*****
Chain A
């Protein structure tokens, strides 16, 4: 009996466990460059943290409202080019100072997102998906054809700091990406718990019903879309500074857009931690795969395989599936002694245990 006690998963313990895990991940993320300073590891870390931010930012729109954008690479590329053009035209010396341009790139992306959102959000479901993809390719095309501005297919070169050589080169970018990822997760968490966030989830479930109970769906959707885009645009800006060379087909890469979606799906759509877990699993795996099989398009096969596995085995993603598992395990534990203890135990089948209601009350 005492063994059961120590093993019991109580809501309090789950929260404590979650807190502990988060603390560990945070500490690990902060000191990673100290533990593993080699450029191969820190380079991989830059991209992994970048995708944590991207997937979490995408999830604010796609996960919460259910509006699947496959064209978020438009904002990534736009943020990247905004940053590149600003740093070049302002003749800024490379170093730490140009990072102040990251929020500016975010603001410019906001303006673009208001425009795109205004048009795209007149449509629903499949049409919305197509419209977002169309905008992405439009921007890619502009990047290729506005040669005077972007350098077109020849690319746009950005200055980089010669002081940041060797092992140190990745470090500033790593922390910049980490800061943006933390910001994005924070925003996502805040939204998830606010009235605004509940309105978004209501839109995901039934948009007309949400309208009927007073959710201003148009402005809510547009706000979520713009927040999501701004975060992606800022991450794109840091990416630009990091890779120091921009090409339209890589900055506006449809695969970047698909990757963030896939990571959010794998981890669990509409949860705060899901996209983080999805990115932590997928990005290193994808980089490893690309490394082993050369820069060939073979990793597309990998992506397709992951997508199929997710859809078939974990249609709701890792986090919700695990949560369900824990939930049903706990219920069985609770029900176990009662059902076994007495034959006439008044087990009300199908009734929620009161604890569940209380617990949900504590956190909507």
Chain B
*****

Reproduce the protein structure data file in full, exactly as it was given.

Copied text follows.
Chain A
């Protein structure tokens, strides 16, 4: 009996466990460059943290409202080019100072997102998906054809700091990406718990019903879309500074857009931690795969395989599936002694245990 006690998963313990895990991940993320300073590891870390931010930012729109954008690479590329053009035209010396341009790139992306959102959000479901993809390719095309501005297919070169050589080169970018990822997760968490966030989830479930109970769906959707885009645009800006060379087909890469979606799906759509877990699993795996099989398009096969596995085995993603598992395990534990203890135990089948209601009350 005492063994059961120590093993019991109580809501309090789950929260404590979650807190502990988060603390560990945070500490690990902060000191990673100290533990593993080699450029191969820190380079991989830059991209992994970048995708944590991207997937979490995408999830604010796609996960919460259910509006699947496959064209978020438009904002990534736009943020990247905004940053590149600003740093070049302002003749800024490379170093730490140009990072102040990251929020500016975010603001410019906001303006673009208001425009795109205004048009795209007149449509629903499949049409919305197509419209977002169309905008992405439009921007890619502009990047290729506005040669005077972007350098077109020849690319746009950005200055980089010669002081940041060797092992140190990745470090500033790593922390910049980490800061943006933390910001994005924070925003996502805040939204998830606010009235605004509940309105978004209501839109995901039934948009007309949400309208009927007073959710201003148009402005809510547009706000979520713009927040999501701004975060992606800022991450794109840091990416630009990091890779120091921009090409339209890589900055506006449809695969970047698909990757963030896939990571959010794998981890669990509409949860705060899901996209983080999805990115932590997928990005290193994808980089490893690309490394082993050369820069060939073979990793597309990998992506397709992951997508199929997710859809078939974990249609709701890792986090919700695990949560369900824990939930049903706990219920069985609770029900176990009662059902076994007495034959006439008044087990009300199908009734929620009161604890569940209380617990949900504590956190909507």
Chain B